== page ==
Last month I experienced the best service possible. It was from American Airlines (no, really) – and it was through social media of all things.
The night prior to travel, I paid over $60 to get preferred boarding and a better seat. My boarding group went from 6 to 5. Anyone familiar with air travel will know that boarding group 5 is no prize.
While I was driving to the office the next morning, I stewed about what I would say to the gate agent to get moved up. Then I retold the story to collegues, mostly to complain. It was perplexing.
Then, being a student of social media, I thought I’d see if AA was listening. So I tweeted:
@AmericanAir I paid $60 to get preferred boarding - got moved from group 6 to 5. How is that preferred?! #unhappy
In less than a minute, I got this back:
It's preferred boarding. We've made some changes to the names of our boarding groups. Take a look here: bit.ly/AA_Board
A quick look at the link and it was confirmed – preferred boarding! This means boarding after 1st class and elite travelers, which is what I expected.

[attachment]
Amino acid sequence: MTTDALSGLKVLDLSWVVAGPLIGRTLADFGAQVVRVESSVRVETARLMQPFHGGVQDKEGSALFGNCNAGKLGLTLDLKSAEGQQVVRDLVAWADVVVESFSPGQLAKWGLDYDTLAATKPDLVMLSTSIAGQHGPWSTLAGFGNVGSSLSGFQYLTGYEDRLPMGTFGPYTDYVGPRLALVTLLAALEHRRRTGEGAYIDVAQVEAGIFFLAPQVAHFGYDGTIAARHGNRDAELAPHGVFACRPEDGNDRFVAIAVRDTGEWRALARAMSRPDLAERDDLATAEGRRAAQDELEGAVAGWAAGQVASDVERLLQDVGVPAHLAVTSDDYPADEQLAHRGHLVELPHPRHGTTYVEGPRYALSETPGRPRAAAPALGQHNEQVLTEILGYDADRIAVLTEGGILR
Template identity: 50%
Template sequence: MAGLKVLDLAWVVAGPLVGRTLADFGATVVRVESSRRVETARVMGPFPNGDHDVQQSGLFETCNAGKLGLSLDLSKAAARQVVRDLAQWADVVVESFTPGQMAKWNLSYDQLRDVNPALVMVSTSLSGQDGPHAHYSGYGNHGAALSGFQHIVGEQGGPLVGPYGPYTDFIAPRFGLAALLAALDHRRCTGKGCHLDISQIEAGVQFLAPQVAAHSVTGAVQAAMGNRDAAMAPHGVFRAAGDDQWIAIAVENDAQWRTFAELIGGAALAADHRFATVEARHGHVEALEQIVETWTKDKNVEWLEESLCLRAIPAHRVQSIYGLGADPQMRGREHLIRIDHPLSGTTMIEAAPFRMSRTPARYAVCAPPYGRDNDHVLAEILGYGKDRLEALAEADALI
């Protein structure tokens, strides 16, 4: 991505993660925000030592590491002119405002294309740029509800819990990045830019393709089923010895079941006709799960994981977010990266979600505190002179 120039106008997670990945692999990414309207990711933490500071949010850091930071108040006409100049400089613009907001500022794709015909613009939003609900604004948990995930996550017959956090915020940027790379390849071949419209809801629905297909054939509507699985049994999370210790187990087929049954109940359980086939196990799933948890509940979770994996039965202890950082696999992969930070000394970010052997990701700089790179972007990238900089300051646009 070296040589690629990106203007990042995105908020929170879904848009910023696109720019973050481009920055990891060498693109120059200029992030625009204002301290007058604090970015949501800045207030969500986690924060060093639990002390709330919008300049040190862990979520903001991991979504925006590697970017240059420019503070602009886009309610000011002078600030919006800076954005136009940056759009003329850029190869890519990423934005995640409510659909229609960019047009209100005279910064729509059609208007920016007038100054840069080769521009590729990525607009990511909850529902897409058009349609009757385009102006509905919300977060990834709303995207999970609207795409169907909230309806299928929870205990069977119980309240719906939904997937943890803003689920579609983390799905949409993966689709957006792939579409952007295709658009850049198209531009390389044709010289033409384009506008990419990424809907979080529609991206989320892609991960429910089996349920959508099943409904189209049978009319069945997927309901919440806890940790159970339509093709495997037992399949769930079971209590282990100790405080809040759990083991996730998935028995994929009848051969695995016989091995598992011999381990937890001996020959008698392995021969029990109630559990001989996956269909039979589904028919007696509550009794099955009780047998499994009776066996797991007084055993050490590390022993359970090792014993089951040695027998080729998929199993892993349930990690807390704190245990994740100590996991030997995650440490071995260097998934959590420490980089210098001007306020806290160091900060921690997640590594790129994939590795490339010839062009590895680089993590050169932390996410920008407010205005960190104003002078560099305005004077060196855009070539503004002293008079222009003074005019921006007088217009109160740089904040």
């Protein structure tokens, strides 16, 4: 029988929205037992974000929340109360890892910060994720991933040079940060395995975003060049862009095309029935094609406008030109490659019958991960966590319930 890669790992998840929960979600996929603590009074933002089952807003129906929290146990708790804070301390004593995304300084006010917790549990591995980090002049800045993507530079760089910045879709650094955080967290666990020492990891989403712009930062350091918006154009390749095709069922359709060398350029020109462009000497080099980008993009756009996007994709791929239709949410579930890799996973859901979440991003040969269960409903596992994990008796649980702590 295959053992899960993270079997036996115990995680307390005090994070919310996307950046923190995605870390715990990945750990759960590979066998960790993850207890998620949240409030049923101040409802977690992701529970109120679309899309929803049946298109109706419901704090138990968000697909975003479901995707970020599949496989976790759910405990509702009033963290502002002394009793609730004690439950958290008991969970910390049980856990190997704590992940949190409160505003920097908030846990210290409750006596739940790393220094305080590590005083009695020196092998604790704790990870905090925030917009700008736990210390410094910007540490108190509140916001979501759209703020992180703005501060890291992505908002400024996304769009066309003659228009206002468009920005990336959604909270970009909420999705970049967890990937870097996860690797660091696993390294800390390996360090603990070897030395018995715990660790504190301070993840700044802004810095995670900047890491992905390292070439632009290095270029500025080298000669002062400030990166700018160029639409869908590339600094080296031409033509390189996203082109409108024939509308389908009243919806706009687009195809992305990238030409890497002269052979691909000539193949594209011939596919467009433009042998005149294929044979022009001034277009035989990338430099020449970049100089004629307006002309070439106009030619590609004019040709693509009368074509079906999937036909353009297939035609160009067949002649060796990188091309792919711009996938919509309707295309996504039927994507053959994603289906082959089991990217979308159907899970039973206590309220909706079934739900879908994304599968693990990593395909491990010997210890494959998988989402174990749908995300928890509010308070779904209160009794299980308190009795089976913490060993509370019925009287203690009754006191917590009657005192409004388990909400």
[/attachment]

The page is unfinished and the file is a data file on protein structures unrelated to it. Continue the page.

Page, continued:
But the lesson is this: you have to listen constantly and respond. If you don’t have a customer service program that uses social media, then look into it.
I wasn’t expecting a response, but clearly AA was waiting for me – and perhaps thousands of others – to lodge a complaint. Not only did they respond fast, they had an answer fast, too! Maybe it’s automated, maybe there are hundreds of eyes watching a big board of tweets. Whatever the means, they were on it.
In a bit of irony, the purpose of my travel was to attend #BankSocial, a conference for bank marketers to learn and share ideas around social media and content marketing. The biggest draw was keynote speaker Jay Baer (@jaybaer) of Convince and Convert. His most recent book Hug Your Haters was the topic of his address. There were numerous take-aways, but the most memorable was this:
Nudge for complaints - praise doesn't teach you anything.
Please share your experiences in the comments below or contact me directly.
And here's the complete string of my interaction with American: